What is the ultimate capacity of Hudson’s sewage treatment facility?
According to the people who built it, 25% more than what it was originally designed to handle, with future expansions possible. I have been told the system is currently operating at approximately 60 per cent capacity, but the only confirmation I’d accept from this administration would be in the form of flowmeter data.
The 25% comes from former Hudson/St. Lazare Gazette reporter Matthew Brett’s sewer system notes from November 2007, which I post verbatim together with a big thanks to Matt for preserving them in digital form:
Whole system will be housed in a two-storey round building 28 metres in diameter according to town engineer Trail Grubert. Six-acre site off Wharf Road, next to the municipal snow dump.
Grubert said they’d looked at six other zones that weren’t suitable.
Space already belongs to town, so didn’t have to buy more property.
Discharge flows into the Lake of Two Mountains.
Denis Provencher of LBCD says it will use industrial processing tanks, called sequencing batch reactors (SBRs), to remove bacteria and solids from the water.
The first step in the treatment process involves what Provencher calls a “rotary screen,” where solids bigger than 6mm are filtered out. The liquid waste flows into an equalization tank to await transfer to one of the four SBRs. There, each load is pumped full of oxygen, which promotes the growth of aerobic bacteria that consume the particles found in the sewage.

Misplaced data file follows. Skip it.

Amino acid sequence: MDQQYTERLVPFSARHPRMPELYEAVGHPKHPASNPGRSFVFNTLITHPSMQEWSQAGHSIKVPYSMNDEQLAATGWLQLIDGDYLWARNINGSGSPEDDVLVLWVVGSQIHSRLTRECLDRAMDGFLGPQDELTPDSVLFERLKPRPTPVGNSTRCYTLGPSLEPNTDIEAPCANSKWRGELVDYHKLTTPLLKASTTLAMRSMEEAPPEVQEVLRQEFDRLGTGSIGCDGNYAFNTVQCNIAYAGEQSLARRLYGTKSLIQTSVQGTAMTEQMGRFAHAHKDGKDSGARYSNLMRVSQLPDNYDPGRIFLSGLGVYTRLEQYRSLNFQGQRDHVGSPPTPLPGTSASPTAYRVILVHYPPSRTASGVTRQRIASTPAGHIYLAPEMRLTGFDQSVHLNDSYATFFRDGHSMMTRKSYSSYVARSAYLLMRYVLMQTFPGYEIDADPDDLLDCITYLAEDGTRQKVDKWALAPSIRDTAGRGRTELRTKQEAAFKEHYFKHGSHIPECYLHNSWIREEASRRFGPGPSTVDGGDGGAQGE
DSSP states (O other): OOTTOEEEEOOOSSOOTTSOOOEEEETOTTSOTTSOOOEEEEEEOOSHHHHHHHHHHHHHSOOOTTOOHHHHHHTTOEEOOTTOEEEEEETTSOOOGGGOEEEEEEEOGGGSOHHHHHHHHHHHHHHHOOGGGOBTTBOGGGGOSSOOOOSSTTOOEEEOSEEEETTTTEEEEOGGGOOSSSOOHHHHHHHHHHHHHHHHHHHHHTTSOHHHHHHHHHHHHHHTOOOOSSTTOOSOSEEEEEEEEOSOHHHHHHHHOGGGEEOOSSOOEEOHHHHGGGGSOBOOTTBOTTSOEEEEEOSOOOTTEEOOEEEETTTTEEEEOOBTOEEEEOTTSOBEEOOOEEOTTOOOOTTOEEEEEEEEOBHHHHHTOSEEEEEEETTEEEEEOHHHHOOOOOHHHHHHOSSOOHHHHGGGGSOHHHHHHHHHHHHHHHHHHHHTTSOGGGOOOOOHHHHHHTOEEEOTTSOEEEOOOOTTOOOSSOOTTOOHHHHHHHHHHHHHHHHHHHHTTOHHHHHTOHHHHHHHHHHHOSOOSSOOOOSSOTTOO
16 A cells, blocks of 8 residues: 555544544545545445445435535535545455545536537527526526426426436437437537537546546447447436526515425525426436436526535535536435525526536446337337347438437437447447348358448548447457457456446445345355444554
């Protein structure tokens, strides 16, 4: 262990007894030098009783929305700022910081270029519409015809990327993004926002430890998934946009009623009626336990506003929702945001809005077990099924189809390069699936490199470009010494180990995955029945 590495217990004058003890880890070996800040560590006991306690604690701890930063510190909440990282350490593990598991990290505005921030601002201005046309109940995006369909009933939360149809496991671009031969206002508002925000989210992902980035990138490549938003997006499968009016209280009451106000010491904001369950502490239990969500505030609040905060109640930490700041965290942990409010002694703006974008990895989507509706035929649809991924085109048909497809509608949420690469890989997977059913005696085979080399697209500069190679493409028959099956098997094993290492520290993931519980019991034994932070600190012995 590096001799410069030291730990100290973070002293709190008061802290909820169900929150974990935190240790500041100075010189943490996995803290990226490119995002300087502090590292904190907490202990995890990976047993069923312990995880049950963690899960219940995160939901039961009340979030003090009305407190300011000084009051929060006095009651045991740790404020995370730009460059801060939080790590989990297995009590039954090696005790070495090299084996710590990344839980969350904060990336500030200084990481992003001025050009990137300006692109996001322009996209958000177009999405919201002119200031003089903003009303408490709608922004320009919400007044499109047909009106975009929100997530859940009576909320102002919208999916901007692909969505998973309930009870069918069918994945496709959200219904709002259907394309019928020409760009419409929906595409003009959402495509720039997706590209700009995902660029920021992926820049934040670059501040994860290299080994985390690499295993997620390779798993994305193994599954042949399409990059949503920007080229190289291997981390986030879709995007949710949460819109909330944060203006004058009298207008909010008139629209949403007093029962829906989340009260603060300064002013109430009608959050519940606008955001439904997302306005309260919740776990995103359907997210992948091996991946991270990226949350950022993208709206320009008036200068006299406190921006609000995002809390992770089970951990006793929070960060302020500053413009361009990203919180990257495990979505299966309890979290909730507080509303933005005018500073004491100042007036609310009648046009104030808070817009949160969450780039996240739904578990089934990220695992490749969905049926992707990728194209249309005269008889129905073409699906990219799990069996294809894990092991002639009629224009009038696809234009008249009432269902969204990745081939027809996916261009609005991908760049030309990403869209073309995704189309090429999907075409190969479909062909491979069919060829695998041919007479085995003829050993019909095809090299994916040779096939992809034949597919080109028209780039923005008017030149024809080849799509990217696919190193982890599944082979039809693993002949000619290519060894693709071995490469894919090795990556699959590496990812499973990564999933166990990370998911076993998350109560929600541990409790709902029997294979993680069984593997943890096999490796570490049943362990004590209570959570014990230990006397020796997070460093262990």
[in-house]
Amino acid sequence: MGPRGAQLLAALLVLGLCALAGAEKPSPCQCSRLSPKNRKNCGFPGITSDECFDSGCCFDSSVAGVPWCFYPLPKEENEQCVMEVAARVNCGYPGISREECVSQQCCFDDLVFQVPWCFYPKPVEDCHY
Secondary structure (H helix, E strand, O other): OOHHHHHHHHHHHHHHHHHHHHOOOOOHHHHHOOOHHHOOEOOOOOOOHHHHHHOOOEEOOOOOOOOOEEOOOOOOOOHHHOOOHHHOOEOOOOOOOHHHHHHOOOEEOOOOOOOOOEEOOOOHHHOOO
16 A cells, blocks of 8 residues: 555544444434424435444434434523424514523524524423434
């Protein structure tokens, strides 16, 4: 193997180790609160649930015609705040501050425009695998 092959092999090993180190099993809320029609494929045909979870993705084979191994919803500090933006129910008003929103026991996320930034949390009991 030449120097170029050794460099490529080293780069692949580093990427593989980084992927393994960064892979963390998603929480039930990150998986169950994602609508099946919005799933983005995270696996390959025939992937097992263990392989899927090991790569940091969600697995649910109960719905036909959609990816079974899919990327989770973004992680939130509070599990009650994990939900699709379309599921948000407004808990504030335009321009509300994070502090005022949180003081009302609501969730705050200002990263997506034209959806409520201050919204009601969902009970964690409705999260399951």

Afterwards, the wastewater is left to settle before being separated from the leftover sludge. The water goes through a further ultraviolet disinfection process before flowing into the Lake of Two Mountains through a 300-metre pipe. The sludge is treated and dried, and periodically disposed of in a landfill.
According to Provencher, the water and sludge being returned into the environment must meet strict government requirements. One reason the town is installing the system is because municipalities downstream complained to the Ministry of Environment that Hudson is discharging raw sewage into the Lake of Two Mountains.
Building is equipped with a carbon filter that neutralizes odours.
Acoustic enclosure dampens noise.
For now, the sewer system will be available to businesses and residents in the town’s centre within the boundaries of Lakeview, Mount Pleasant, Côte St. Charles and Main Road, and all civic addresses on Bellevue, Sanderson, Seigneurie, Wilkinson and Parsons.
Provencher said the treatment facility has been designed to handle a larger service area in the future. “In the design, considerations have been given to future expansion. For example, by converting the equalization tank to a SBR, the capacity can be increased by 25 percent,” he said.